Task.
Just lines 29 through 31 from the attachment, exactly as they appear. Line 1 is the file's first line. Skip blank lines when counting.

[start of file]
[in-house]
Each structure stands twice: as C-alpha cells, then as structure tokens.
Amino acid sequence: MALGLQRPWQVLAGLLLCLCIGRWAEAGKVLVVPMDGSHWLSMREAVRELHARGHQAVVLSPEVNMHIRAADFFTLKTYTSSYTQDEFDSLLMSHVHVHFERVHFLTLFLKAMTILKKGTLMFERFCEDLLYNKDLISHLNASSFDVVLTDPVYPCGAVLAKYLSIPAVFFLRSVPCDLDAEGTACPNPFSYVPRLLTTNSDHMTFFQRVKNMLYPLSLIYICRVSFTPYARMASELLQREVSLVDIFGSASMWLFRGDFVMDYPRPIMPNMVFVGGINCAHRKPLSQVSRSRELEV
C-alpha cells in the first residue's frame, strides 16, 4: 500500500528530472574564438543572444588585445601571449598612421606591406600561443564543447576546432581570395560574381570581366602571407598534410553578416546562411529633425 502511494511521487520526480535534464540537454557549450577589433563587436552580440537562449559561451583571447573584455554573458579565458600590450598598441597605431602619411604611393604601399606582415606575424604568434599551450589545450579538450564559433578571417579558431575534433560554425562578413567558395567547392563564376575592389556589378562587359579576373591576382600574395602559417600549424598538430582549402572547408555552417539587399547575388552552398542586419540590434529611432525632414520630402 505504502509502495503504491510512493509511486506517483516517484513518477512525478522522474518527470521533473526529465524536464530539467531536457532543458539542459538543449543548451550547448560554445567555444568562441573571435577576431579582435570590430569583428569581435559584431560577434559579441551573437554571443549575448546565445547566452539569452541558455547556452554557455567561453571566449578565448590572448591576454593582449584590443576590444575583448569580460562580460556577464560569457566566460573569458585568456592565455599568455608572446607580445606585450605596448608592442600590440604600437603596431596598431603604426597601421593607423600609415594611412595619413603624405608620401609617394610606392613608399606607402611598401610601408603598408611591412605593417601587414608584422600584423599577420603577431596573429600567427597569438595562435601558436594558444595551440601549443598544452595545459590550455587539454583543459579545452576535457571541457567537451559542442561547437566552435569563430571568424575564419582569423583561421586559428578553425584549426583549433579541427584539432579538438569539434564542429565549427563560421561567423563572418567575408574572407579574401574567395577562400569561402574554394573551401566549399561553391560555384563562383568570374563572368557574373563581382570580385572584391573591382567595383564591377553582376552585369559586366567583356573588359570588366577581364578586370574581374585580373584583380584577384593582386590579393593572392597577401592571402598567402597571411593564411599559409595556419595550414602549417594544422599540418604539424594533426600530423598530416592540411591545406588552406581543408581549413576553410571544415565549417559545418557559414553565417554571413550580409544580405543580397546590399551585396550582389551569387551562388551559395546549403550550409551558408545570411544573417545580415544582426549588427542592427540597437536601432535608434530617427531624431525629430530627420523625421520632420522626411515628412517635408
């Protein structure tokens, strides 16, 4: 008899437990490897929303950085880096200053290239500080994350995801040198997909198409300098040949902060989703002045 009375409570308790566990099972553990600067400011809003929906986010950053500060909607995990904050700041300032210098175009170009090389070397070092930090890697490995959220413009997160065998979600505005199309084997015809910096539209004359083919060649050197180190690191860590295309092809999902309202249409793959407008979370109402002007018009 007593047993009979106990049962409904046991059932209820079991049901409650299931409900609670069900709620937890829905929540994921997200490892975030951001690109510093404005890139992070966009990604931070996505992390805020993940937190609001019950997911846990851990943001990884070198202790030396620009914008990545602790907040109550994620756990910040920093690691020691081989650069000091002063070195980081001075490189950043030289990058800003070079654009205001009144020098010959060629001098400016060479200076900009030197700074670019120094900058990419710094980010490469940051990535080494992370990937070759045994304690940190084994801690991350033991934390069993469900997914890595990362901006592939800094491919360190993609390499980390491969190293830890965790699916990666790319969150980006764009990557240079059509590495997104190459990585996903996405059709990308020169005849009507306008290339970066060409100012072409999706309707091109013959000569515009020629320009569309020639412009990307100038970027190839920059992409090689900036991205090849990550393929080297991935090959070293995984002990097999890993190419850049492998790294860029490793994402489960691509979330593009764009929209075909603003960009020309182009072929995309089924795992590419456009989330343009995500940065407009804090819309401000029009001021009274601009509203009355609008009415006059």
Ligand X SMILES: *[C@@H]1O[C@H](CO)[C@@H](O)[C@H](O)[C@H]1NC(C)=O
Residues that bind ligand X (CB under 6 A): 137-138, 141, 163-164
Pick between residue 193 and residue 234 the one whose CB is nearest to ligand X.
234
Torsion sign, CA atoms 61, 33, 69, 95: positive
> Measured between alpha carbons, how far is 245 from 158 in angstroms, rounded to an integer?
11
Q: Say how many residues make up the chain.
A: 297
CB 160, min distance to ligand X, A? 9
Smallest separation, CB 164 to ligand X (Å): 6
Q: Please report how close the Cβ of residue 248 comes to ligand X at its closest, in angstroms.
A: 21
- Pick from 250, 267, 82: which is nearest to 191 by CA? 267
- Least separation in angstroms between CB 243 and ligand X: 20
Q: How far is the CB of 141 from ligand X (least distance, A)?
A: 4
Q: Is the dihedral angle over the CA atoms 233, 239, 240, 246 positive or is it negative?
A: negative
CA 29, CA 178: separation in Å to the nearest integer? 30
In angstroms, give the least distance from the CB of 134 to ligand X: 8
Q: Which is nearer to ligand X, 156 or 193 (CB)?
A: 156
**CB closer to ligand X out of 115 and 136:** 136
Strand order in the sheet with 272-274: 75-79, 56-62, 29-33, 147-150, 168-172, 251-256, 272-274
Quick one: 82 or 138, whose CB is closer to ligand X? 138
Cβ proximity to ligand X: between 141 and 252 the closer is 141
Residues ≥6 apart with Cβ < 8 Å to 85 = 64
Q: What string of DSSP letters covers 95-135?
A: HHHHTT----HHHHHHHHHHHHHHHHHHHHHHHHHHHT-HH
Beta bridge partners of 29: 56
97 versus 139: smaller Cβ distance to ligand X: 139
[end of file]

**CB closer to ligand X out of 115 and 136:** 136
Strand order in the sheet with 272-274: 75-79, 56-62, 29-33, 147-150, 168-172, 251-256, 272-274
Quick one: 82 or 138, whose CB is closer to ligand X? 138